1. solid waste incidentally generated during professional or commercial activities unrelated to solid waste collection (e.g., home repairs) if it is (a) self-generated by the person's activities and (b) transported to an authorized recycling facility, permitted recycling facility, or permitted solid waste facility or

2. used materials to a (a) charitable organization that distributes reused household items or (b) retail facility that sells reused household items.

The bill also specifies that an “end user” under the solid waste management laws is a (1) person who uses a material for its original use or (2) manufacturer who uses a material as feedstock to make a marketable product.

2 — SCRAP METAL PROCESSORS

Current law exempts scrap metal processers from obtaining a solid waste facility permit if they annually report to the DEEP commissioner, on March 31, the amount of scrap metal purchased or received from (1) a municipality, (2) a municipal or regional authority, (3) the state, or (4) a political subdivision of the state. Current law also requires that each municipality included in the report receive a copy of the information that relates to it.

The bill instead requires these processors, by July 31, 2014 and annually afterward, to report to the commissioner, on a form he prescribes, the amount of scrap metal generated in Connecticut and purchased or received by them for the prior fiscal year. They must include a good faith estimate of the amount received directly from Connecticut construction or demolition sites. The report must identify (1) the monthly amounts of scrap metal generated in the state, other recyclable materials generated in the state, and generated recycling residue, that the processor sends out; (2) the type of destination facility for the materials; and (3) whether the destination facility is in Connecticut.

4 — ORGANIC MATERIALS

Under current law, commercial food wholesalers or distributors, industrial food manufacturers or processors, supermarkets, resorts, and conference centers that generate an average of at least 104 tons of source-separated organic materials a year must (1) separate the organic materials from other solid waste and (2) recycle the organic materials at a permitted source-separated organic material composting facility located within 20 miles of the generation site. They must do this within six months after at least two such facilities with a combined capacity to accept the generators' materials are open for business in Connecticut (see BACKGROUND).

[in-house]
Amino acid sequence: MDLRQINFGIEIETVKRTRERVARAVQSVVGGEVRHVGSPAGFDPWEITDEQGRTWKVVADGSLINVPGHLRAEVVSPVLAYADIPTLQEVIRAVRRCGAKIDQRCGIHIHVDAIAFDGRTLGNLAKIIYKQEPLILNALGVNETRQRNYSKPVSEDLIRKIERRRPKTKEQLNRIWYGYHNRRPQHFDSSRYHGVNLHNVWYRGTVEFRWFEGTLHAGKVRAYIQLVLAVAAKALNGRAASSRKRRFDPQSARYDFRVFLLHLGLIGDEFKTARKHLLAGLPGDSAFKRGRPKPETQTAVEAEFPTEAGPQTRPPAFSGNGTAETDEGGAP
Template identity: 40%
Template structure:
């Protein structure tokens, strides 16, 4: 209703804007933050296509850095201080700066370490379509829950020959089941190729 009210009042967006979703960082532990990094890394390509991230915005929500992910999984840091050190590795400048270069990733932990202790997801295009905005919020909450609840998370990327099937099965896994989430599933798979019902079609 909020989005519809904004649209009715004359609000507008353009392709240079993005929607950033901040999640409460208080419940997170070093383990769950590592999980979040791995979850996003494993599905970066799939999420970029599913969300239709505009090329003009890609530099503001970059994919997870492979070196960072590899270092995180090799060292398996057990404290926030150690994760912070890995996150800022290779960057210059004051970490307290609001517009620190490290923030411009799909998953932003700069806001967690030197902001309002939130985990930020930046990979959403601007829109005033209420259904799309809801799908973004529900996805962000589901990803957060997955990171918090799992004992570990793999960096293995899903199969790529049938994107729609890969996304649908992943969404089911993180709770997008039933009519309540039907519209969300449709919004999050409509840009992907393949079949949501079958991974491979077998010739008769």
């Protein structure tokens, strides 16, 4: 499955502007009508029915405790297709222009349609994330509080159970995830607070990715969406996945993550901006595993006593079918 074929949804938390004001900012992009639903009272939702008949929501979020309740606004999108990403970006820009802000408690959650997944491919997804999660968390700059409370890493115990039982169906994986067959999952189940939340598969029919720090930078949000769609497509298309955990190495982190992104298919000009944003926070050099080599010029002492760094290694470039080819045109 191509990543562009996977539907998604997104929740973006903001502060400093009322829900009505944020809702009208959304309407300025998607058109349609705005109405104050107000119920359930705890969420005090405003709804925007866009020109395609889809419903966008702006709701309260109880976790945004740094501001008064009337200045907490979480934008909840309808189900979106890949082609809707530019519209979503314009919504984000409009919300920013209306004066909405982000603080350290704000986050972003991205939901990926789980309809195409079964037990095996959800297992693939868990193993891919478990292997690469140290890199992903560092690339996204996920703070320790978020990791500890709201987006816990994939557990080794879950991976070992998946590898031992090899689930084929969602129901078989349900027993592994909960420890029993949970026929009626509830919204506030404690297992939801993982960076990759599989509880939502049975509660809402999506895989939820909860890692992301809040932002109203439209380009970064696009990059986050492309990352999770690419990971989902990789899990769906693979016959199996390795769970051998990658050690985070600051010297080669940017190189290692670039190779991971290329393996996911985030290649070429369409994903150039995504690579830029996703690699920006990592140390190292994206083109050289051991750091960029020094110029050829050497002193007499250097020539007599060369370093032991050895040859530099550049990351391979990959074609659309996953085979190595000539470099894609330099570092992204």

Under the bill, beginning January 1, 2014, these large generators of organic material (i.e., generating at least 104 tons a year) located within 20 miles of an authorized, instead of permitted, source-separated organic material composting facility must recycle the organic materials at any such facility with available capacity that will accept them.

Beginning January 1, 2020, the bill applies the separation and recycling requirements to commercial food wholesalers or distributors, industrial food manufacturers or processors, supermarkets, resorts, and conference centers (1) generating an average of at least 52 tons of source-separated organic materials a year and (2) located within 20 miles of an authorized source-separated organic material composting facility. Thus, these entities must (1) separate the organic materials from other solid waste and (2) recycle the organic materials at an authorized facility that has available capacity and will accept them.

Existing law, unchanged by the bill, allows these generators to compost the source-separated organic material or treat it with organic treatment equipment on-site.

6 — PROPERTY TAX EXEMPTION

The bill allows municipalities to adopt ordinances exempting from the property tax recycling machinery or equipment installed on or after October 1, 2013. The exemption must apply only to the (1) increased value of the commercial or industrial property attributable to the machinery or equipment and (2) first 15 assessment years after installation.